Thanks, finally, to David Ryan (S6 @ Knox Academy) for agreeing to lead the group. You’ll see this particularly in Bohemian Rhapsody, where a nod helps the group navigate some severe changes of tempo and time signature.
Well done to all involved.
p.s. bereft of software to divide the original video into three separate ones, I downloaded some nifty, free software here.
An interesting way of finding, publicising and reviewing live events: http://www.bachtrack.com/
Coping with the abstractions of music, when teaching, often relies on analogy to help pupils grasp otherwise elusive ideas. Consequently, you end up with a bank of ideas of all the things to which music seems comparable. However, this doesn’t often run the other way round – and, in my experience, people using music as an analogy for something else often don’t quite hit the spot.
Listening to Radio 4’s Open Book the other day, I caught an article about a new, unabridged audio book version of George Eliot‘s Middlemarch. At nearly 36 hours on 28 CDs, recording this 800-page novel is a gargantuan task. The reader, Juliet Stevenson, completed it in 12 days – a feat of which many musical recording artists would be extremely proud. She talks here about the many features involved – notably rhythm (of character and also of writer), inhabiting character, and coping with paragraph-long sentences – scroll forward to 19′ 20”
p.s. if this doesn’t seem like a big deal, why not try recording yourself reading a few paragraphs?
Congratulations to my colleague, Liz Woodsend, for identifying the snag which had prevented 4 out of 5 midi files of Bohemian Rhapsody from playing. The problem lay in having the character “%” in the file name e.g. Bohemian Rhapsody – Performance Speed – 10%. The names have now been changed and “%” has been replaced by “percent.”
If you’re wondering why the usual formula e.g. Rondo 80, Rondo 90 etc. was not used, it was simply becuase the metronome speed changes several times in this piece. That’ll teach me to be pedantic 🙂
The fixed files can be found here.
Tickets for the Showcase are selling fast. Make sure not to miss out by contacting the Queens Hall asap.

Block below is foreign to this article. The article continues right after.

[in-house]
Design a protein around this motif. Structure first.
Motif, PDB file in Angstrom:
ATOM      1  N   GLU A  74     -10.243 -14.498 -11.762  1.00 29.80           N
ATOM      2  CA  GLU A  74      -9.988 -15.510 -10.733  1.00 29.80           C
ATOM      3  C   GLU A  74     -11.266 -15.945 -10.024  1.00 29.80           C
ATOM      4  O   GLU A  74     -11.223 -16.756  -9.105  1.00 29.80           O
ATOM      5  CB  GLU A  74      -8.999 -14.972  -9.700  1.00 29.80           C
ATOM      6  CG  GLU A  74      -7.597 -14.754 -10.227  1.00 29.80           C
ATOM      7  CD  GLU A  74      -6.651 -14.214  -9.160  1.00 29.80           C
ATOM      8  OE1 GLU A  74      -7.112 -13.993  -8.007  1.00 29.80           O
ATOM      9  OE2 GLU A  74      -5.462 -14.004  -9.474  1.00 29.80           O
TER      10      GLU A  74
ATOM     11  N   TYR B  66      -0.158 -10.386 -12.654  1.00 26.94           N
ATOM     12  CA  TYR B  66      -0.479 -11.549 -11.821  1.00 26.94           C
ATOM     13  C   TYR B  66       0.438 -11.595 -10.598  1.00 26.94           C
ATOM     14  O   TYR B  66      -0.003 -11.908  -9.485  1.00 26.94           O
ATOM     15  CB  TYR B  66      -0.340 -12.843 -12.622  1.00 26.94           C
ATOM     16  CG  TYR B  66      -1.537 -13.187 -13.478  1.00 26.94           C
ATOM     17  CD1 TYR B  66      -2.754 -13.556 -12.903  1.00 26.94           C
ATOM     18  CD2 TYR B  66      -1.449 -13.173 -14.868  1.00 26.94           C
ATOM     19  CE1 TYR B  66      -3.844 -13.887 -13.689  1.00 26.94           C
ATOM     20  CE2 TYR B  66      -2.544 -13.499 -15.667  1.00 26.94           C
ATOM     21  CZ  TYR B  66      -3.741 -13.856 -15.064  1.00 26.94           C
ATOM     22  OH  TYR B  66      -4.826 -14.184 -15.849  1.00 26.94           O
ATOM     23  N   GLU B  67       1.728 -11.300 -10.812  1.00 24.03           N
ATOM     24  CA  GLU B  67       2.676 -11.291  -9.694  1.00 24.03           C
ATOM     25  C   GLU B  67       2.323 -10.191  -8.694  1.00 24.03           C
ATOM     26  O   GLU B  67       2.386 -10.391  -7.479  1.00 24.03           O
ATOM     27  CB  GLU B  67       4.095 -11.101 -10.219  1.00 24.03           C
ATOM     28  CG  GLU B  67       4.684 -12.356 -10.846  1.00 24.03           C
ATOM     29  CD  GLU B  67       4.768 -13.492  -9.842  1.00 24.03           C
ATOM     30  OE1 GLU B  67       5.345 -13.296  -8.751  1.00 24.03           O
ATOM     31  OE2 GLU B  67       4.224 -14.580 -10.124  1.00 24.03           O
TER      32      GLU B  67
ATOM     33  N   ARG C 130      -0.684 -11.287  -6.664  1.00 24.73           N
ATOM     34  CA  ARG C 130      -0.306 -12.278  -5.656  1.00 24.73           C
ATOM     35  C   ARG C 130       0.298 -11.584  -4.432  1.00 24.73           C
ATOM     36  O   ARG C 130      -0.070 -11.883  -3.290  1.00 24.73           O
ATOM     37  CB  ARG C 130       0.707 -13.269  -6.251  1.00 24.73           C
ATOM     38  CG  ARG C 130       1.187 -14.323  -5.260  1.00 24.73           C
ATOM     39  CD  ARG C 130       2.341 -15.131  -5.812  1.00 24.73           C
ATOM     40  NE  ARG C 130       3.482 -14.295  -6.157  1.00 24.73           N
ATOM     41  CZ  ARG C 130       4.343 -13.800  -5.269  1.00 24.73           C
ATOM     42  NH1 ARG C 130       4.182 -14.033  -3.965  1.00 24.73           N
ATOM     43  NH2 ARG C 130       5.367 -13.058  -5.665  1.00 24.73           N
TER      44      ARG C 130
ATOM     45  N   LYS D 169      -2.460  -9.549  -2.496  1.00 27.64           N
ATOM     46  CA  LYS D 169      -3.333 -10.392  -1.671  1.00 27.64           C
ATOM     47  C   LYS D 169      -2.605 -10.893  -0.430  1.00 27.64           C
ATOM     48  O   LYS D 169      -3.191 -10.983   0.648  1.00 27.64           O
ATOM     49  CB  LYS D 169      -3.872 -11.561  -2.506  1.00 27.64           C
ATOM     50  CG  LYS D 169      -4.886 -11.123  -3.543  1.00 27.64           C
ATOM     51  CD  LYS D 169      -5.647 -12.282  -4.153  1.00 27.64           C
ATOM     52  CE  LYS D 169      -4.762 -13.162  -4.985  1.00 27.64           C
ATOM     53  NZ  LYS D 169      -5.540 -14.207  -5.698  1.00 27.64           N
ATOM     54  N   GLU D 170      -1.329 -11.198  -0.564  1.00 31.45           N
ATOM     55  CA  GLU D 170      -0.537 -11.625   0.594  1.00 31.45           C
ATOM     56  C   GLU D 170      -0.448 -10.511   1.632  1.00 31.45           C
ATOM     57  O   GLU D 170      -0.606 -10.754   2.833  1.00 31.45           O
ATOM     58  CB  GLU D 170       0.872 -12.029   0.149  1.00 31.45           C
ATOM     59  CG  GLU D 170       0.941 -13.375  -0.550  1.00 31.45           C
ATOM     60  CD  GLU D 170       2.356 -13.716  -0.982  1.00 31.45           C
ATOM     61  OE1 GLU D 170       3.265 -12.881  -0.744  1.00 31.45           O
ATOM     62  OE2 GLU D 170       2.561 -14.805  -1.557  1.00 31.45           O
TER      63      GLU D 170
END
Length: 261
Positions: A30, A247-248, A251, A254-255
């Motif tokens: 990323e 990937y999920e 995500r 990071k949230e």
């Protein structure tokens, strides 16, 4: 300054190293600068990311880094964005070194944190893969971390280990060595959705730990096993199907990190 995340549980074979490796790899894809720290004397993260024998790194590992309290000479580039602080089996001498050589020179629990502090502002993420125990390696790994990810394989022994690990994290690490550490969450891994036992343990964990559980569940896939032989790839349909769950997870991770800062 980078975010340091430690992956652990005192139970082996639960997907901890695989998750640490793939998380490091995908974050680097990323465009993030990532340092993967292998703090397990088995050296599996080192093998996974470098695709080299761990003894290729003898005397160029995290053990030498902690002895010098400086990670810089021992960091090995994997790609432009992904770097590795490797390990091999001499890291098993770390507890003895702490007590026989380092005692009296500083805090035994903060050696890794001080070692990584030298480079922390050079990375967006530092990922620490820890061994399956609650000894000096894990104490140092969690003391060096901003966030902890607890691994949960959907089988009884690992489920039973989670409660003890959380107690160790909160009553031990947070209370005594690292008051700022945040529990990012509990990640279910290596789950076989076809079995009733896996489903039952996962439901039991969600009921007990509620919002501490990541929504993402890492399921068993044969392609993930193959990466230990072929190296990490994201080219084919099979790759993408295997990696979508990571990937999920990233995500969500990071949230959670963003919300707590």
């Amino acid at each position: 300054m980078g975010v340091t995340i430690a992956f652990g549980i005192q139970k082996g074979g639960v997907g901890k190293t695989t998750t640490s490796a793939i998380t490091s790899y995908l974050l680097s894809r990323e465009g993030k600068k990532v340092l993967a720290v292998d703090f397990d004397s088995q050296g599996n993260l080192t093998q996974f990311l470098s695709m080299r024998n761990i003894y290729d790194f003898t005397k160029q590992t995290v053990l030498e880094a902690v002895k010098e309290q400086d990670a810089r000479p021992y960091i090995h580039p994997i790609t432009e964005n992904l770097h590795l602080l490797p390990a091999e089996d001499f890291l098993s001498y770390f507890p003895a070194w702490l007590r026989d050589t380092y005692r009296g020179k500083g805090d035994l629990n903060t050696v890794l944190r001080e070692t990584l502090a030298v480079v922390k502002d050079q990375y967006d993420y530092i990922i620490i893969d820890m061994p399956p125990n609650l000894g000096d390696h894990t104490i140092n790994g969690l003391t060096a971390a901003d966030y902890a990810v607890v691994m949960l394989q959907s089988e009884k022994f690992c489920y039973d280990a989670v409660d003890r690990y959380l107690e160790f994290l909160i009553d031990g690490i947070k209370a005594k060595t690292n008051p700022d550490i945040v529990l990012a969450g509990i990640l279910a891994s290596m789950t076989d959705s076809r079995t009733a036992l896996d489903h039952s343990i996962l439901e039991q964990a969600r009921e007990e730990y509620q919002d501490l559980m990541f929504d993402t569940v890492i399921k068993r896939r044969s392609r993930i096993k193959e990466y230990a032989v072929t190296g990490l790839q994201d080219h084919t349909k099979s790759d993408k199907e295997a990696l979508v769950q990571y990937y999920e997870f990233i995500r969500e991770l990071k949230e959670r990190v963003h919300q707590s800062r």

Last rehearsal this Friday (18th) in NBHS from 13:15 to 15:15
Don’t you love it when a hunch pays off? Having flagged up in a previous post Richard Durrant‘s appearance at The Brunton Theatre as a promising idea for a school outing, the evening exceeded all expectations. A party of 16 pupils from Campie and Wallyford enjoyed a marvellous and varied recital and spent an excited interval meeting Richard, asking him questions, seeing his guitars close up (and holding one) and having programmes autographed. We couldn’t have hoped for a more personable and encouraging performer who was genuinely delighted to see so many young, animated faces at a gig.
Featured in this picture is the signature model of an intriguing guitar with a beautiful sound, made by Gary Hearn. The pupils were impressed to hear that this particular one weighed in at £6,500, which must make their own ¾ sized guitar/case/book package seem a bargain at £30.
The staff at the Brunton were extremely helpful and friendly and, at the end of the evening, offered the pupils posters as souvenirs.
Many thanks to Sheila Laing, Iain Bruce, Debbie Beverage, Mrs. Fleming and Lesley Smith for their work in making the evening possible.
We look forward to a return visit of this wonderful and creative player and wish him luck for his trip to Paraguay where, in the late composer’s house, he is to launch his CD of music by Agustín Barrios entitled “The Number 26 Bus to Paraguay”
Why not visit Richard’s YouTube Channel – where you can also get an idea of the many captivating animations and films which form part of the programme?
Tickets can be bought on-line, over the phone, or in person from the Queens Hall Box Office for our annual Showcase Concert – Tue 22 Mar at 19:30. Details here.